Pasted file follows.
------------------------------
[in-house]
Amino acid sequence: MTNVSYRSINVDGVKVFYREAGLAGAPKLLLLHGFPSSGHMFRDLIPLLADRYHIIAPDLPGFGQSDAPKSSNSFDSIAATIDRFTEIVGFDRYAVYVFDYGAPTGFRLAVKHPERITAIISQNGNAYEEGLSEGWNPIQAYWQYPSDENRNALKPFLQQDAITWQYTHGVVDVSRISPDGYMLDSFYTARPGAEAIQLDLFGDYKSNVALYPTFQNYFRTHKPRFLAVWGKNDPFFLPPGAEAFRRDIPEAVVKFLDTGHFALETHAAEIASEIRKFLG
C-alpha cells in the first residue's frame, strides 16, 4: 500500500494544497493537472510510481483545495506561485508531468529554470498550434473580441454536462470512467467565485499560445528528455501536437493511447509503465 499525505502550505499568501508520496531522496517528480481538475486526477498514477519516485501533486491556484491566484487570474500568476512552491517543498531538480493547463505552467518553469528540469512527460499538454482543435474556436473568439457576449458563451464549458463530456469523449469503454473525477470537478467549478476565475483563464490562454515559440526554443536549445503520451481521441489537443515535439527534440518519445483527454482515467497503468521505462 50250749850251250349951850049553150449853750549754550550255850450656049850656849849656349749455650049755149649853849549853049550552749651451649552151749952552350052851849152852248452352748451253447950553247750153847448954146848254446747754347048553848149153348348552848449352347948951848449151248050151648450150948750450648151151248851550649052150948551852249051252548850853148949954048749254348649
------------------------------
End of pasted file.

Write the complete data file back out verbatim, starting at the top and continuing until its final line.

[in-house]
Amino acid sequence: MTNVSYRSINVDGVKVFYREAGLAGAPKLLLLHGFPSSGHMFRDLIPLLADRYHIIAPDLPGFGQSDAPKSSNSFDSIAATIDRFTEIVGFDRYAVYVFDYGAPTGFRLAVKHPERITAIISQNGNAYEEGLSEGWNPIQAYWQYPSDENRNALKPFLQQDAITWQYTHGVVDVSRISPDGYMLDSFYTARPGAEAIQLDLFGDYKSNVALYPTFQNYFRTHKPRFLAVWGKNDPFFLPPGAEAFRRDIPEAVVKFLDTGHFALETHAAEIASEIRKFLG
C-alpha cells in the first residue's frame, strides 16, 4: 500500500494544497493537472510510481483545495506561485508531468529554470498550434473580441454536462470512467467565485499560445528528455501536437493511447509503465 499525505502550505499568501508520496531522496517528480481538475486526477498514477519516485501533486491556484491566484487570474500568476512552491517543498531538480493547463505552467518553469528540469512527460499538454482543435474556436473568439457576449458563451464549458463530456469523449469503454473525477470537478467549478476565475483563464490562454515559440526554443536549445503520451481521441489537443515535439527534440518519445483527454482515467497503468521505462 50250749850251250349951850049553150449853750549754550550255850450656049850656849849656349749455650049755149649853849549853049550552749651451649552151749952552350052851849152852248452352748451253447950553247750153847448954146848254446747754347048553848149153348348552848449352347948951848449151248050151648450150948750450648151151248851550649052150948551852249051252548850853148949954048749254348649